Tuesday, September 22

If Phony Intellectual Histories Were Green Stamps, You Guys Would Have About Twenty Toasters By Now

Michael Lind, "Intellectual conservatism, RIP". September 22

LISTEN, I thought you guys were intellectually opposed to the whole "Everybody Gets a Medal" thing:
On Sept. 18, Irving Kristol died. On Feb. 27, 2008, William F. Buckley Jr. passed away….The intellectual conservatism that they, in different ways, sought to foster had passed from the scene before they did.

Yeah. Death by flourishing.
A neoconservative of the older, Democratic school, I broke with the right in the early 1990s and warned about where right-wing radicals were taking the country in my book "Up From Conservatism."

Don't be shy, Michael; that's a whole one-and-a-half paragraphs you wasted before making this about yourself and your back catalogue. By the way, you were born in 1962, weren't you? Meaning you signed up for "Old School Democratic Neoconservatism" when you were, what, ten?

Okay, so, you hit the Professional "Conservative" Gadabout Circuit in the mid-90s. Harper's. The New Yorker. The Andrew-Sullivan-era New Republic. This makes you a pioneer? Only to people who think of the 90s as sepia-toned Era of sleeve garters and ice cream socials.
The train wreck I predicted occurred during the Bush years, and the postmortems have begun.

Train slips the rails in 1959; "Conservative" Gadabout Guy predicts crash in 1996. Is immediately clutched to the warm, moist folds of the Liberal bosom for "having seen the Light", which, of course, excuses a further decade of "Conservative" gadabouting distinguishable from the author's previous outright neoconservatism by the fact that it now insists neoconservatism was, in fact, a Liberal phenomenon unfortunately corrupted by some cross-pollination, rather than the flight of the Strangelovian Coldest of Cold War Democrats across the aisle, where their love of Massive Military Procurement Boondoggles would be truly appreciated.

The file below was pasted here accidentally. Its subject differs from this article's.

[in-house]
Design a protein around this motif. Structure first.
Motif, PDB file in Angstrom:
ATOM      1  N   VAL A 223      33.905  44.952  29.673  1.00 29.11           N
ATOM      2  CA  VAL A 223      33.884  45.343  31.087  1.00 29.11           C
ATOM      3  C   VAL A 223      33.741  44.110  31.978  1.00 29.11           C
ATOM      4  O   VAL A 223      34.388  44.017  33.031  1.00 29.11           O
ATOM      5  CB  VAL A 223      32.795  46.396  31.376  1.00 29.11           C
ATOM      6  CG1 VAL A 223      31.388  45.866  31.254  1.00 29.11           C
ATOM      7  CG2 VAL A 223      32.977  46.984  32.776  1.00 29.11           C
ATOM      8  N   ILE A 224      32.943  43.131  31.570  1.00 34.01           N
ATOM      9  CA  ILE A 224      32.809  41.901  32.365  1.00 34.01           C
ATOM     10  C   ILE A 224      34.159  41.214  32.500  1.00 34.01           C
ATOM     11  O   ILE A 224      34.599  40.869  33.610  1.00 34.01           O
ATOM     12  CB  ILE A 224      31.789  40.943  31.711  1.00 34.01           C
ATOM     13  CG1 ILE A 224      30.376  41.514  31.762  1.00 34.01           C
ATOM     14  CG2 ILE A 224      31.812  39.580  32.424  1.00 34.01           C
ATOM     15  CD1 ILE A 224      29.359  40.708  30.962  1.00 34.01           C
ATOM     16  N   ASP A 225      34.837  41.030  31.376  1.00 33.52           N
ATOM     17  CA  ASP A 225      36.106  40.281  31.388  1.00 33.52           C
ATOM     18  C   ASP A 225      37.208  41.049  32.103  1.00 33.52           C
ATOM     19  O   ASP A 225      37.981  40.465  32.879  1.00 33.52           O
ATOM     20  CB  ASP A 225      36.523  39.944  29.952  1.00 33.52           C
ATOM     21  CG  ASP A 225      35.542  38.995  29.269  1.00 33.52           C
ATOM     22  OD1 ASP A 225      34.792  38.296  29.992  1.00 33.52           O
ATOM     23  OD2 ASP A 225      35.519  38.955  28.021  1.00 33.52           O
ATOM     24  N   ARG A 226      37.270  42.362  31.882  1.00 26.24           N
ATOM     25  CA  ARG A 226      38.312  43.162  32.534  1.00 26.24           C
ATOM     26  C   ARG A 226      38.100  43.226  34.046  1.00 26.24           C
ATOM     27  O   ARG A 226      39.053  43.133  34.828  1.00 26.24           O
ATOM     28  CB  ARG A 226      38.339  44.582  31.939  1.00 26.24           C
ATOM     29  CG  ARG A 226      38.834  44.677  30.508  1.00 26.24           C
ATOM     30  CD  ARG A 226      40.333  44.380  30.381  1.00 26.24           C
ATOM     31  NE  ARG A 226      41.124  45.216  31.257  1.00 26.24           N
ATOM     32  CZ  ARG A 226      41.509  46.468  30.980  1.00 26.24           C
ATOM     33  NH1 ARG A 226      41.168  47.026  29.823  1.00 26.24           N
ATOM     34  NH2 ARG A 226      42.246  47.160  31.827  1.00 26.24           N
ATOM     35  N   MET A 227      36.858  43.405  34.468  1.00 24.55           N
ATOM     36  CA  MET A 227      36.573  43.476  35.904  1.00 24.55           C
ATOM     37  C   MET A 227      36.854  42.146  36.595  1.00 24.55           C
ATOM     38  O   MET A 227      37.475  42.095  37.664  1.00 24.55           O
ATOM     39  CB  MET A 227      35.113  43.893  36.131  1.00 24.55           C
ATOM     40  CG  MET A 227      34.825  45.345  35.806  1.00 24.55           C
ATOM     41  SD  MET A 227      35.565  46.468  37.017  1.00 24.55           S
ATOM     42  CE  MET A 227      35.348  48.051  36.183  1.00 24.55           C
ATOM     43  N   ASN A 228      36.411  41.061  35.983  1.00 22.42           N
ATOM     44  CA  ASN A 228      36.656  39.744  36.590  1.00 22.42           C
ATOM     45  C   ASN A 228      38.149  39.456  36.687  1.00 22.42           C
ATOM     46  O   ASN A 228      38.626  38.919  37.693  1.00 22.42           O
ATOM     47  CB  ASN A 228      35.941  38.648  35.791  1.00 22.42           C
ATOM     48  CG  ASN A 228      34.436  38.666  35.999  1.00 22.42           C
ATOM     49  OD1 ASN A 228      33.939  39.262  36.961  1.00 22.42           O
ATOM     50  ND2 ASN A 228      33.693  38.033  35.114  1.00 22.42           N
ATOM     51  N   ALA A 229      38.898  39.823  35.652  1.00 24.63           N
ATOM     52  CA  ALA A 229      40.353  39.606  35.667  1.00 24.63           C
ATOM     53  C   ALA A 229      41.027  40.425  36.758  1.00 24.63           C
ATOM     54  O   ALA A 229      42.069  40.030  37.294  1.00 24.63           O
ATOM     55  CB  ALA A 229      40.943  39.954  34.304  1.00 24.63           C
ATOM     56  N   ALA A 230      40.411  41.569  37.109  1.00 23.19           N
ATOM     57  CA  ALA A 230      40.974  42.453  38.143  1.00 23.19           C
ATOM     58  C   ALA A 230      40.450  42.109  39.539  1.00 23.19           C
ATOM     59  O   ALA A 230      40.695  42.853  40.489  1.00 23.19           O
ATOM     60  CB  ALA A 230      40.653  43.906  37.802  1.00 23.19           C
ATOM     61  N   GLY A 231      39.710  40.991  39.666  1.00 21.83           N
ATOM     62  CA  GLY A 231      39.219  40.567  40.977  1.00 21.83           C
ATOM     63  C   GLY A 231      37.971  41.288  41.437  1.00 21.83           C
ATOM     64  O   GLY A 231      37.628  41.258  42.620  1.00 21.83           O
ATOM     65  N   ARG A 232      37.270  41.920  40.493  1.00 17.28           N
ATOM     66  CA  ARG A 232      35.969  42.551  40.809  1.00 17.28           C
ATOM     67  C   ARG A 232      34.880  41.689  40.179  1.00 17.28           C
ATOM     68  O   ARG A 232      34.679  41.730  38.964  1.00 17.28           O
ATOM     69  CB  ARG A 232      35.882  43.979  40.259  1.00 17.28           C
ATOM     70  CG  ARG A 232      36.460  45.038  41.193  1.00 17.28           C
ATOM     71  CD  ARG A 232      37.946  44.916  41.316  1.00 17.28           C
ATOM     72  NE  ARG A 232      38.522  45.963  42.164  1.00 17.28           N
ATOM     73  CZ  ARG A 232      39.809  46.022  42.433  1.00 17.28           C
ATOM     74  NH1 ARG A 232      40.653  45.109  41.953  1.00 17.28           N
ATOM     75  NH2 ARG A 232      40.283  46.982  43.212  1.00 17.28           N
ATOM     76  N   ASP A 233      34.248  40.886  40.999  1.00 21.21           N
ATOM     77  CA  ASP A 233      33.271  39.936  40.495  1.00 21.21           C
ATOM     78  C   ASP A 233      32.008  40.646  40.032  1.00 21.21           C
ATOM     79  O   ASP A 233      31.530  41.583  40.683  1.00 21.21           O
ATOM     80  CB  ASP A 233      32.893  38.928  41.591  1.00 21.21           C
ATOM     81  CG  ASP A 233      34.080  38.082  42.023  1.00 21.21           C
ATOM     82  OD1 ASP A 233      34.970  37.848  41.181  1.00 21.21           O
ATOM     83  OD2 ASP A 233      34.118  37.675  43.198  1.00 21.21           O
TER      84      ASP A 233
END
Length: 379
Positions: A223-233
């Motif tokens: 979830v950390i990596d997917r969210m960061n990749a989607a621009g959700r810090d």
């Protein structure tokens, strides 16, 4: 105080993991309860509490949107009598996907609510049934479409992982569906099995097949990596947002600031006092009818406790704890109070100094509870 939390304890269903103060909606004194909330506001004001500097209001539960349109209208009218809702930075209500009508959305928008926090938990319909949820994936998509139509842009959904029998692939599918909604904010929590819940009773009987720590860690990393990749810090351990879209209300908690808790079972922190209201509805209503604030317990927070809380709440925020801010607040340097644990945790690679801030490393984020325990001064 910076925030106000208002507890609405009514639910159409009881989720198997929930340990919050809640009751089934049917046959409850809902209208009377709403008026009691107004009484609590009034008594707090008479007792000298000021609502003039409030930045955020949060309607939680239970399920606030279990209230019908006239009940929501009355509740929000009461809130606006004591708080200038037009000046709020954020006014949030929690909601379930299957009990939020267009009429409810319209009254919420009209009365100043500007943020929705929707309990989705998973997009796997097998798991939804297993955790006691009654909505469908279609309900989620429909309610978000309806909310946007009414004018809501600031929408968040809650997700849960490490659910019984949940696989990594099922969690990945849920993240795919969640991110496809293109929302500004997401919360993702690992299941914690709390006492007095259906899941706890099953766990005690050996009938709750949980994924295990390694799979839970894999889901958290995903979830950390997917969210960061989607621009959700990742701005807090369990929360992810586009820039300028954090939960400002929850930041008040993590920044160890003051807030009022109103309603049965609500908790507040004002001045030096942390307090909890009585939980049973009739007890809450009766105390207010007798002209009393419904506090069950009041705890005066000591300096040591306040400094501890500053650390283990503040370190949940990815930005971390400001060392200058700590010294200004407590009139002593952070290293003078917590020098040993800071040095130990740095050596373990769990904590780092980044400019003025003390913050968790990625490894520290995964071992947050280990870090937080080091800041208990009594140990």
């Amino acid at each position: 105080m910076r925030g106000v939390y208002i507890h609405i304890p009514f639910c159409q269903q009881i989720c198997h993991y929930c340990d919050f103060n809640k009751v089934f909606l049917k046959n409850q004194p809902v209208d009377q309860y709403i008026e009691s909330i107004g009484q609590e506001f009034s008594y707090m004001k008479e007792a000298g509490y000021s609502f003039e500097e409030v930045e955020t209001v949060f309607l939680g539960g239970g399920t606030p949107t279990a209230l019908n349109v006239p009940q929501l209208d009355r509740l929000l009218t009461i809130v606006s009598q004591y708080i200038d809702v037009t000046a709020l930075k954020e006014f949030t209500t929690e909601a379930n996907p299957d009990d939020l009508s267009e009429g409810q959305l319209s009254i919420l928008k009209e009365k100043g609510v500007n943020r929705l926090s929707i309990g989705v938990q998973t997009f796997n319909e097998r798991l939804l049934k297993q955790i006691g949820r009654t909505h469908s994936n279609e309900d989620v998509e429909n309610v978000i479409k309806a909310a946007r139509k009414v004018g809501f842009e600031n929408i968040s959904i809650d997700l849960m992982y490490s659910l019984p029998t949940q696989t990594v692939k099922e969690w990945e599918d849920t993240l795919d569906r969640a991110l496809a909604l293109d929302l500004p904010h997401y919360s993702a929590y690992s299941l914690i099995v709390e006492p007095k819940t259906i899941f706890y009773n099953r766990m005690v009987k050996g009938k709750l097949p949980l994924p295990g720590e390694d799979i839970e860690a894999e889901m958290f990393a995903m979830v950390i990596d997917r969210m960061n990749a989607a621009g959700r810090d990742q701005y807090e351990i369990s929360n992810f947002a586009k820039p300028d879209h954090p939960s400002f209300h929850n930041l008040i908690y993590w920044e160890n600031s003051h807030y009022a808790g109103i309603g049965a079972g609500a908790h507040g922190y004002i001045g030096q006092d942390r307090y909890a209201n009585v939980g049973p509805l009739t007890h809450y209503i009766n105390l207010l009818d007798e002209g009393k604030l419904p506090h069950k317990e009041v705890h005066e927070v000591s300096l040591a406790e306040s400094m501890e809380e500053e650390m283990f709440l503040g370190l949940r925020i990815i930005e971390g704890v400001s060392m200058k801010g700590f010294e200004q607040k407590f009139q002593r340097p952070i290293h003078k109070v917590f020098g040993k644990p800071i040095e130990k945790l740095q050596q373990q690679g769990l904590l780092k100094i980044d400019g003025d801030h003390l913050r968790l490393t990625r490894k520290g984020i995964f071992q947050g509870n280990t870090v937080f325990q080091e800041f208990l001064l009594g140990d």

In the 1950s and 1960s National Review featured some brilliant mavericks like James Burnham, Willmoore Kendall and Russell Kirk

Right. Two Trotskyites-turned-Royalist and a guy whose intellectual output amounts a series of footnotes to a selective reading of Burke, and who would be completely forgotten today if it weren't for succeeding generations of simpering authoritarian lash cravers imagining they score debate points by demanding to know why no one else reads him. That, plus the Golden Age of Unfettered Racism Advanced By High Latin Derivatives.
but for most of its subsequent history it was simply a partisan opinion journal.

Yeah. Death by not-quite-flourishing.
As for the libertarian intellectual movement, isn't that a contradiction in terms? How intellectual can a movement be, if it reflexively answers "the market!" to every question of domestic and foreign policy, before the question is even asked?

Y'know, Alan Greenspan was appointed by Ronald Reagan. Milton Friedman won the Noble Fucking Prize in Economic Sciences, which ought to include an asterisk, in Nineteen Hundred and Seventy-Six. When did you tumble onto this, exactly?
That leaves neoconservatism.

Thanks, I'd love to.
But in its origins neoconservatism was a movement of the center-left, not of the right.

How long, O Lord, must we endure this? The thing that's always sorta amazed me is how influential Trotskyite-turned-Monarchists have been in the "Conservative" movement, compared to how few you actually run into on the street.
Here is Nathan Glazer, co-editor with Irving Kristol of the Public Interest, in that magazine's final issue in spring 2005, recalling the origins of the journal in the 1960s: "All of us had voted for Lyndon Johnson in 1964, for Hubert Humphrey in 1968, and I would wager (?) that most of the original stalwarts of The Public Interest, editors and regular contributors, continued to vote for Democratic presidential candidates all the way to the present. Recall that the original definition of the neoconservatives was that they fully embraced the reforms of the New Deal and indeed the major programs of Johnson's Great Society ... Had we not defended the major social programs, from Social Security to Medicare, there would have been no need for the 'neo' before 'conservative.'"